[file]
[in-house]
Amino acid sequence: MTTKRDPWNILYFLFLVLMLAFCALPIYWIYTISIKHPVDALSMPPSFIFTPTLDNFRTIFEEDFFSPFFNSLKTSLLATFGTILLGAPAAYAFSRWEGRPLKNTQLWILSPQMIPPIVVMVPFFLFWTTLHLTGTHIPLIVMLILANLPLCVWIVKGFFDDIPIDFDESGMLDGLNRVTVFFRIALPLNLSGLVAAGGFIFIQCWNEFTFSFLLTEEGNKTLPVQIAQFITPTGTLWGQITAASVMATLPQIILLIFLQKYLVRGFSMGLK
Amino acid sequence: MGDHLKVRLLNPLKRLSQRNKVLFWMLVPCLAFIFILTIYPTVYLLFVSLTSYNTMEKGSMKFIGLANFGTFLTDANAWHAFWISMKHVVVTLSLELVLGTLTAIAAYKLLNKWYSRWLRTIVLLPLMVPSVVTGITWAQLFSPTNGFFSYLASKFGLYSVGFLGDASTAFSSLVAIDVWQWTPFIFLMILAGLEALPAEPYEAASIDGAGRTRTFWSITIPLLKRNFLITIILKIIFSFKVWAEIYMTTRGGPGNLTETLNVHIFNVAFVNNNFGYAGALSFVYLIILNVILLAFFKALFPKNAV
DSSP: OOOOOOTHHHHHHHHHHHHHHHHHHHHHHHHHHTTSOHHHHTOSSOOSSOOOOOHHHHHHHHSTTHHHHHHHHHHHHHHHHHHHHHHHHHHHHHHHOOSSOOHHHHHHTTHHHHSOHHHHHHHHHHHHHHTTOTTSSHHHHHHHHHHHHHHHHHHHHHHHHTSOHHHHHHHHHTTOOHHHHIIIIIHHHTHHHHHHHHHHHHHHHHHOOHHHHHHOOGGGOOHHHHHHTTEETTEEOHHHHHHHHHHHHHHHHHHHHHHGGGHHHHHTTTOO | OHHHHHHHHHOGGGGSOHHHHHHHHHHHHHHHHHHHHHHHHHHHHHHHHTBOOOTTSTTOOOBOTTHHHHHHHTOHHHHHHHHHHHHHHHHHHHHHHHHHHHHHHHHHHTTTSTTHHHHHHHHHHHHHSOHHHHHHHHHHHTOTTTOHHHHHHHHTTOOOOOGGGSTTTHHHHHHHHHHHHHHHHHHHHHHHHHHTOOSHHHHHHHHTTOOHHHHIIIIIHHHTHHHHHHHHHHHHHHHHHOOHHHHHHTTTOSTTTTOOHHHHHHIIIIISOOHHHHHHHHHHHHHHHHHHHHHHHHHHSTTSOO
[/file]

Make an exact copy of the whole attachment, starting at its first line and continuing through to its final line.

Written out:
[in-house]
Amino acid sequence: MTTKRDPWNILYFLFLVLMLAFCALPIYWIYTISIKHPVDALSMPPSFIFTPTLDNFRTIFEEDFFSPFFNSLKTSLLATFGTILLGAPAAYAFSRWEGRPLKNTQLWILSPQMIPPIVVMVPFFLFWTTLHLTGTHIPLIVMLILANLPLCVWIVKGFFDDIPIDFDESGMLDGLNRVTVFFRIALPLNLSGLVAAGGFIFIQCWNEFTFSFLLTEEGNKTLPVQIAQFITPTGTLWGQITAASVMATLPQIILLIFLQKYLVRGFSMGLK
Amino acid sequence: MGDHLKVRLLNPLKRLSQRNKVLFWMLVPCLAFIFILTIYPTVYLLFVSLTSYNTMEKGSMKFIGLANFGTFLTDANAWHAFWISMKHVVVTLSLELVLGTLTAIAAYKLLNKWYSRWLRTIVLLPLMVPSVVTGITWAQLFSPTNGFFSYLASKFGLYSVGFLGDASTAFSSLVAIDVWQWTPFIFLMILAGLEALPAEPYEAASIDGAGRTRTFWSITIPLLKRNFLITIILKIIFSFKVWAEIYMTTRGGPGNLTETLNVHIFNVAFVNNNFGYAGALSFVYLIILNVILLAFFKALFPKNAV
DSSP: OOOOOOTHHHHHHHHHHHHHHHHHHHHHHHHHHTTSOHHHHTOSSOOSSOOOOOHHHHHHHHSTTHHHHHHHHHHHHHHHHHHHHHHHHHHHHHHHOOSSOOHHHHHHTTHHHHSOHHHHHHHHHHHHHHTTOTTSSHHHHHHHHHHHHHHHHHHHHHHHHTSOHHHHHHHHHTTOOHHHHIIIIIHHHTHHHHHHHHHHHHHHHHHOOHHHHHHOOGGGOOHHHHHHTTEETTEEOHHHHHHHHHHHHHHHHHHHHHHGGGHHHHHTTTOO | OHHHHHHHHHOGGGGSOHHHHHHHHHHHHHHHHHHHHHHHHHHHHHHHHTBOOOTTSTTOOOBOTTHHHHHHHTOHHHHHHHHHHHHHHHHHHHHHHHHHHHHHHHHHHTTTSTTHHHHHHHHHHHHHSOHHHHHHHHHHHTOTTTOHHHHHHHHTTOOOOOGGGSTTTHHHHHHHHHHHHHHHHHHHHHHHHHHTOOSHHHHHHHHTTOOHHHHIIIIIHHHTHHHHHHHHHHHHHHHHHOOHHHHHHTTTOSTTTTOOHHHHHHIIIIISOOHHHHHHHHHHHHHHHHHHHHHHHHHHSTTSOO